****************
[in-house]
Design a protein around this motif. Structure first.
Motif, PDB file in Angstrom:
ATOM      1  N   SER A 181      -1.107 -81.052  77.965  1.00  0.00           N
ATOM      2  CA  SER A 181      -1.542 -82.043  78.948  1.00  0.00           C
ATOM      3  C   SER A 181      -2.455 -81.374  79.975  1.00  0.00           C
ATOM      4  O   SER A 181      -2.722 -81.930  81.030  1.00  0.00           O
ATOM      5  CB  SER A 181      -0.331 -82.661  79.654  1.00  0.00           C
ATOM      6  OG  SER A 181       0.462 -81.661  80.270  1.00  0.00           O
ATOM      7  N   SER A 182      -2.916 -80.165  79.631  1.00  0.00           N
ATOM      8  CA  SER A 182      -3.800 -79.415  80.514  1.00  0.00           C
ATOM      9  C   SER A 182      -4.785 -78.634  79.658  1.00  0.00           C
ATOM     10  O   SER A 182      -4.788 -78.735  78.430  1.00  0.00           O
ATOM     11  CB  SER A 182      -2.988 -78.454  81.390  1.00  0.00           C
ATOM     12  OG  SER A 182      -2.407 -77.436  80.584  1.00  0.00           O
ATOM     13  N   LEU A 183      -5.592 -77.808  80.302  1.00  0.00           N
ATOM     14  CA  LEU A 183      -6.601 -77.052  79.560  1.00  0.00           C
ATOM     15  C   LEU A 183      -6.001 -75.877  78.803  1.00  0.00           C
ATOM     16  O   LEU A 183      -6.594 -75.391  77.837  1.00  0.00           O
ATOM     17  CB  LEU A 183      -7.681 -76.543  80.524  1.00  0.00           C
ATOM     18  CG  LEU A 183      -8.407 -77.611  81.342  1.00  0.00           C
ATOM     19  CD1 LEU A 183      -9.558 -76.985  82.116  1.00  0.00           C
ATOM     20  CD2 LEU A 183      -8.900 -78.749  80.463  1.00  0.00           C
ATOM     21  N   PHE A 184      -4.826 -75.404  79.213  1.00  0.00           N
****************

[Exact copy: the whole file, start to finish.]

[in-house]
Design a protein around this motif. Structure first.
Motif, PDB file in Angstrom:
ATOM      1  N   SER A 181      -1.107 -81.052  77.965  1.00  0.00           N
ATOM      2  CA  SER A 181      -1.542 -82.043  78.948  1.00  0.00           C
ATOM      3  C   SER A 181      -2.455 -81.374  79.975  1.00  0.00           C
ATOM      4  O   SER A 181      -2.722 -81.930  81.030  1.00  0.00           O
ATOM      5  CB  SER A 181      -0.331 -82.661  79.654  1.00  0.00           C
ATOM      6  OG  SER A 181       0.462 -81.661  80.270  1.00  0.00           O
ATOM      7  N   SER A 182      -2.916 -80.165  79.631  1.00  0.00           N
ATOM      8  CA  SER A 182      -3.800 -79.415  80.514  1.00  0.00           C
ATOM      9  C   SER A 182      -4.785 -78.634  79.658  1.00  0.00           C
ATOM     10  O   SER A 182      -4.788 -78.735  78.430  1.00  0.00           O
ATOM     11  CB  SER A 182      -2.988 -78.454  81.390  1.00  0.00           C
ATOM     12  OG  SER A 182      -2.407 -77.436  80.584  1.00  0.00           O
ATOM     13  N   LEU A 183      -5.592 -77.808  80.302  1.00  0.00           N
ATOM     14  CA  LEU A 183      -6.601 -77.052  79.560  1.00  0.00           C
ATOM     15  C   LEU A 183      -6.001 -75.877  78.803  1.00  0.00           C
ATOM     16  O   LEU A 183      -6.594 -75.391  77.837  1.00  0.00           O
ATOM     17  CB  LEU A 183      -7.681 -76.543  80.524  1.00  0.00           C
ATOM     18  CG  LEU A 183      -8.407 -77.611  81.342  1.00  0.00           C
ATOM     19  CD1 LEU A 183      -9.558 -76.985  82.116  1.00  0.00           C
ATOM     20  CD2 LEU A 183      -8.900 -78.749  80.463  1.00  0.00           C
ATOM     21  N   PHE A 184      -4.826 -75.404  79.213  1.00  0.00           N